Five-Star Books: Fiction Edition

Five-Star Books: Fiction Edition

Five-Star Books: Fiction Edition

Given the fact that my blog’s Book Corner has thus far been dominated by reviews of nonfiction books, one might assume that I tend to eschew fiction. This could not be further from the truth. In fact, it has only been in the last couple of years that I have been begun to read and actually enjoy nonfiction books. Fiction was my first love, and as much as I have grown to appreciate a good biography or self-help book, novels will probably always dominate my bookshelf.  In order to keep my beloved fiction from feeling neglected on my blog, here are some five-star books from a couple of fiction genres that are near and dear to my heart (and one genre that is not!).

MYSTERY: And Then There Were Noneby Agatha Christe

And Then There Were NoneI am a long-time mystery aficionado and enjoy novels from a wide range of mystery authors, but Agatha Christie definitely reigns supreme in this genre. And Then There Were None is Christe’s best-selling work, and for good reason.  This riveting novel – in which ten strangers are lured to an uninhabitd island and killed off one by one – incorporates all the elements I’ve come to love about Christe’s works, from impeccable characterization to an impossible-to-predict conclusion.  The plot is absurd enough to be entertaining, yet realistic enough to be utterly horrifying.  I was a junior higher when I first read this book, and I have yet to read a mystery that surpasses its sheer perfection.

REALISTIC FICTION:  Room, by Emma Donoghue

RoomMany readers turn to fiction as a means of escapism.   I am not above reading literary fluff, but sometimes I want a piece of fiction that will evoke some thought.  Room is a novel that  tapped into both my intellect and my emotions while opening my eyes to a previously unexplored reality.   Room is the haunting story of a mother and son being held captive in an 11 x 11-foot room.  Five-year-old Jack is the story’s narrator, and the innocence of this child who has never lived beyond the walls of Room is both refreshing and utterly tragic.  Masterfully written, this novel is realistic enough to be a true story, but so heartbreaking that I was thankful to be reading a work of fiction.  Room is not for the faint of heart, but its vivid characters and poignant themes make it a worthwhile read.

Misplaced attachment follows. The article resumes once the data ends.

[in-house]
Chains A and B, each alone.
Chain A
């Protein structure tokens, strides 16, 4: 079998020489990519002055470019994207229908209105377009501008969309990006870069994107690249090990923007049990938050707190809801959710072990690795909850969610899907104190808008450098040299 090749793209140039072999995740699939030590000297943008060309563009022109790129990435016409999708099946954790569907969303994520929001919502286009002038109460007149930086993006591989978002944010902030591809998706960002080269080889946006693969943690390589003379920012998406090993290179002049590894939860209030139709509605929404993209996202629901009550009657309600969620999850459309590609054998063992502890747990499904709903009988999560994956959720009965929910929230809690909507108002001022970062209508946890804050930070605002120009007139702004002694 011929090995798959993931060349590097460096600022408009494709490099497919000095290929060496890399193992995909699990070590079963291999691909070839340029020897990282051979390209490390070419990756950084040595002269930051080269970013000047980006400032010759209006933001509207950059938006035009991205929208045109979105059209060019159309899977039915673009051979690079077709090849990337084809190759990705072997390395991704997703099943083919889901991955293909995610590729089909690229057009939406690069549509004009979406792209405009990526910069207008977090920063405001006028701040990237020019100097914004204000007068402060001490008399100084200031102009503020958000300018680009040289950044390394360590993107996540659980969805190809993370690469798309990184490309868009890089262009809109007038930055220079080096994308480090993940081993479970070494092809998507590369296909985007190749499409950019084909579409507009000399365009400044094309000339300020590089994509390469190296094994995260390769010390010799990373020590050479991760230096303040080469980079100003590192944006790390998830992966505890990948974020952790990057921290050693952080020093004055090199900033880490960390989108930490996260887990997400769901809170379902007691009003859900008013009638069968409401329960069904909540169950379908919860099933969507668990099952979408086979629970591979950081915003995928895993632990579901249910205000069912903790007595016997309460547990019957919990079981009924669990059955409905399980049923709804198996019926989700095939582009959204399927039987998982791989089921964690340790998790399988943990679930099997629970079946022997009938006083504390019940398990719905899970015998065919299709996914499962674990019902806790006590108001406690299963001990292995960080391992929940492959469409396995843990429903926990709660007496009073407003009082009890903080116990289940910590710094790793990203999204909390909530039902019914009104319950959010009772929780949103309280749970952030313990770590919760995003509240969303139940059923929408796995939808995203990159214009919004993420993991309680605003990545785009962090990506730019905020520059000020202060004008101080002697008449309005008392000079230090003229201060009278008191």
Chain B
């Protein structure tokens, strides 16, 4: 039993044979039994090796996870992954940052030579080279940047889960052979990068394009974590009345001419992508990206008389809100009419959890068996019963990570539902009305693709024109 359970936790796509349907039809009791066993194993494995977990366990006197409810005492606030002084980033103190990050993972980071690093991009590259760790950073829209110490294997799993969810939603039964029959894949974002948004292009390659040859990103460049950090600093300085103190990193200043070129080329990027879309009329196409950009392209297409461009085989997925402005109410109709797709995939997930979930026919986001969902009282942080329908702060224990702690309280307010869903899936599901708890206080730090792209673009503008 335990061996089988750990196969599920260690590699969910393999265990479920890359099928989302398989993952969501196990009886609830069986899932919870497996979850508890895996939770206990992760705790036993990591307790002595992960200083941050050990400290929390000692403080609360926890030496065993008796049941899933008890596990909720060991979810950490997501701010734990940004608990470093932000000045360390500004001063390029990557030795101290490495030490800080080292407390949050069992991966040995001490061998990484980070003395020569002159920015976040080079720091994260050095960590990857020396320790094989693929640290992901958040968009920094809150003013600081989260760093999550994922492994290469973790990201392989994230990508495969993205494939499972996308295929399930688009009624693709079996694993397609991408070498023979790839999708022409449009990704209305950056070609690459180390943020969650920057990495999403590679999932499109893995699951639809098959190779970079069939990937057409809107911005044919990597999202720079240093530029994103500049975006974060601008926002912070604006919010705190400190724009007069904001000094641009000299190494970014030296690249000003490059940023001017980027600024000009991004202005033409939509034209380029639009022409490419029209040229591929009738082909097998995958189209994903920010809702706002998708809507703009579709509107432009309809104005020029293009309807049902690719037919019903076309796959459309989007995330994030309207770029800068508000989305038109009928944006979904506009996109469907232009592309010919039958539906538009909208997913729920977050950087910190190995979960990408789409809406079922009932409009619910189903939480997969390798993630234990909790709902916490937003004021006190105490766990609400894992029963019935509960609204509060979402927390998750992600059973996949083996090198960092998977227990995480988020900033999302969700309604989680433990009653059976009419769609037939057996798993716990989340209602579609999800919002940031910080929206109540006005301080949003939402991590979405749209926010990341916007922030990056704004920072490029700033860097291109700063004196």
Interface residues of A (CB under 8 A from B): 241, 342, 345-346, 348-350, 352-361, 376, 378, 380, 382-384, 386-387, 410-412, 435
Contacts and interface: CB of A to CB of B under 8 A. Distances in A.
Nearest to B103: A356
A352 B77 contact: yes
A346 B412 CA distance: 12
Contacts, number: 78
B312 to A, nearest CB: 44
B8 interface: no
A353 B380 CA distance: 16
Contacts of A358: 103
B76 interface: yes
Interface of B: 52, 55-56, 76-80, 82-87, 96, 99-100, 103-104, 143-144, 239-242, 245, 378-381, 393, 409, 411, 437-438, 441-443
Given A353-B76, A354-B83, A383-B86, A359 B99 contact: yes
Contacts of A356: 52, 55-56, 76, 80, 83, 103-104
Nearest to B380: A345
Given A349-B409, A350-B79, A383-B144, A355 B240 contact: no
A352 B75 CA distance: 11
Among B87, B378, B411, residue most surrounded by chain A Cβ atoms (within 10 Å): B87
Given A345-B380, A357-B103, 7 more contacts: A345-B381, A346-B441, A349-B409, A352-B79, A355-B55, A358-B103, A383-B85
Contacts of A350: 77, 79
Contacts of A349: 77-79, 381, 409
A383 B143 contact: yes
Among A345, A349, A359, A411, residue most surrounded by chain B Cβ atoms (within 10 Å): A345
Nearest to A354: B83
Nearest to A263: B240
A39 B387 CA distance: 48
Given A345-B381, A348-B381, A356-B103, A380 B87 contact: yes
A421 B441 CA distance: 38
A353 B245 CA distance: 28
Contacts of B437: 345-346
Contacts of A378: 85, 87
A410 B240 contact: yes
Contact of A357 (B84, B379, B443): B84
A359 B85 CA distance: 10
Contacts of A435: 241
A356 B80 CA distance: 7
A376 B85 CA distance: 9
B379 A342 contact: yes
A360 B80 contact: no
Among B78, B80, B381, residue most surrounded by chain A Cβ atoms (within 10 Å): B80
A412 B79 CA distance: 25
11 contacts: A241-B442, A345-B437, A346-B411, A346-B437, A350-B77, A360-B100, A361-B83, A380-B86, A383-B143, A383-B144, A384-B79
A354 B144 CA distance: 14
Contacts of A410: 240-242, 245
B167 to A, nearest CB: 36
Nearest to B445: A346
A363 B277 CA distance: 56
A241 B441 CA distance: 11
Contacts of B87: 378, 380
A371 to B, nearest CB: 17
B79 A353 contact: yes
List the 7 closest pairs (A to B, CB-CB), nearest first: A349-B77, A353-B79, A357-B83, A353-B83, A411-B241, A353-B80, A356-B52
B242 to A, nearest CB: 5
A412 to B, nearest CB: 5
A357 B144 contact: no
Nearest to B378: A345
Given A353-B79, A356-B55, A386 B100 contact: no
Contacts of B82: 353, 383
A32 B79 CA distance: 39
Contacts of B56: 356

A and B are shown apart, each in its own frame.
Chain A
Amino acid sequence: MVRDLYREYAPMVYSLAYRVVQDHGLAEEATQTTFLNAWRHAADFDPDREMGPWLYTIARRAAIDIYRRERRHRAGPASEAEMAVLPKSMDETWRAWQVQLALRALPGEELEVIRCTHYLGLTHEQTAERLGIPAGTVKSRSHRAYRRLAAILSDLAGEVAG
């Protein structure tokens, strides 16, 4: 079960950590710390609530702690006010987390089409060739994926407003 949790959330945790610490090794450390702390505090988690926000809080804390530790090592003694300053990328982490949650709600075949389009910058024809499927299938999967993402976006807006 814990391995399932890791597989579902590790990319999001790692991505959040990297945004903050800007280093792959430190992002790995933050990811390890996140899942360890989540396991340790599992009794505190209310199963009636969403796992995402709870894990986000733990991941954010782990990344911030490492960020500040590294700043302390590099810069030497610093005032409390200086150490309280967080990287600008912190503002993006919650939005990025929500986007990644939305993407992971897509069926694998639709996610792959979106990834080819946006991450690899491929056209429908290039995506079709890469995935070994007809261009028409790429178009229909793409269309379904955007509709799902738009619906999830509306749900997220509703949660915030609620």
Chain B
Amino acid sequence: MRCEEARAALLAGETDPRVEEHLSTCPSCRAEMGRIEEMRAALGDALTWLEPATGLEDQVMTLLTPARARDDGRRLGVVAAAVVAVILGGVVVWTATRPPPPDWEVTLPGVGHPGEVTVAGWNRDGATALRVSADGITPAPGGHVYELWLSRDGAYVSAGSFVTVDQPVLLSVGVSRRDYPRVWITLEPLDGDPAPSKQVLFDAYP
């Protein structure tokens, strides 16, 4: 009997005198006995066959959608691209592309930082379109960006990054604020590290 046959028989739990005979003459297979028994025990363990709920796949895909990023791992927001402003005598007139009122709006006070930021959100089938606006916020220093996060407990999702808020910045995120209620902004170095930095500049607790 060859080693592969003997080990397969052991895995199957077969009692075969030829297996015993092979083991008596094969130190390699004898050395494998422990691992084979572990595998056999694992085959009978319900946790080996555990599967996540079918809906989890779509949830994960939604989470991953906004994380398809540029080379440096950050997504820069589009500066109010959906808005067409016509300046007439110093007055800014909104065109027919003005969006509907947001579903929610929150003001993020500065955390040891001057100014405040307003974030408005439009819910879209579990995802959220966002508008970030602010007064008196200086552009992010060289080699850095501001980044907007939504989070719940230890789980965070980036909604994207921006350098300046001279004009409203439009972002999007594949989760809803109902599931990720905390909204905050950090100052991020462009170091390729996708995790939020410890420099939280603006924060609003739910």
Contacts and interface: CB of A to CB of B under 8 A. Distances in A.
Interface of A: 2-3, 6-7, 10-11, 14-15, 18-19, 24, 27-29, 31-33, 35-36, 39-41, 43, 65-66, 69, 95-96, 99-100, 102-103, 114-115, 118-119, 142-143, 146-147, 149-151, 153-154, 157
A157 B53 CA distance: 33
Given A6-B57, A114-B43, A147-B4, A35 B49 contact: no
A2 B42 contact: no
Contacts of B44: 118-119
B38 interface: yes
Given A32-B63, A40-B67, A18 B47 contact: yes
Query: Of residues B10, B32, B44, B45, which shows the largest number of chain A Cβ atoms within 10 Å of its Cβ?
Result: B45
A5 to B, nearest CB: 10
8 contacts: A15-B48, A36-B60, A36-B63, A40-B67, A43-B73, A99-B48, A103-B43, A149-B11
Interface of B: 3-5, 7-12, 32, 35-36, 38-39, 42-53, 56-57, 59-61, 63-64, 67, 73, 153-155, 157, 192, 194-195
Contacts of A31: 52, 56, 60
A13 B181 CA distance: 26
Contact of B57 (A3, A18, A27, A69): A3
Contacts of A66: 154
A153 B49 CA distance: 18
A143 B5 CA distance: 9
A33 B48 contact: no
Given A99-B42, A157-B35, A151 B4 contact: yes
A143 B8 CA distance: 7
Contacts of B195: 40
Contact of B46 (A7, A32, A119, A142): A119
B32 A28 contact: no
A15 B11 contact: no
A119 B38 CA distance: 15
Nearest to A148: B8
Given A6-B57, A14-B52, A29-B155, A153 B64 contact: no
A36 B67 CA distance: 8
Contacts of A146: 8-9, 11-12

CHRISTIAN ROMANCE:  Anything by Julie Klassen

Julie Klassen NovelsI am normally not a fan of romance (I can do without any more shades of grey in my life, thank you), and I will be the first to admit that most of the Christian fiction out there is tolerable at best.  But every stereotype has its exceptions, and Julie Klassen’s books manage to defy the reputation imposed on them by their genre.  The style and tone of Klassen’s novels are reflective of the Regency period in which they are set, and her characters are relatable as well as authentic.  There is a mystery element to each book that keeps the plot driving forward, and while Klassen’s heroines do have love interests, the romance is not over-the-top.  Similarly, faith themes are apparent throughout each book, but they are natural and not at all overpowering.  If forced to choose a favorite Klassen book, I would probably go with The Lady of Milkweed Manor for its intriguing insights into the lives of unwed mothers in 18th century England.  However, Klassen is a superb writer and I have been impressed with everything she publishes.

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Book-lover that I am, this is certainly not a comprehensive list of fiction favorites, but it does offer a more realistic glimpse into my literary life than was previously implied by the exclusively non-fiction reviews in my Book Corner.  Now it’s your turn: what are some of your favorite novels?  Which ones do you hate?  And are you a fiction lover or abstainer?  Share your thoughts and recommendations in the Comments!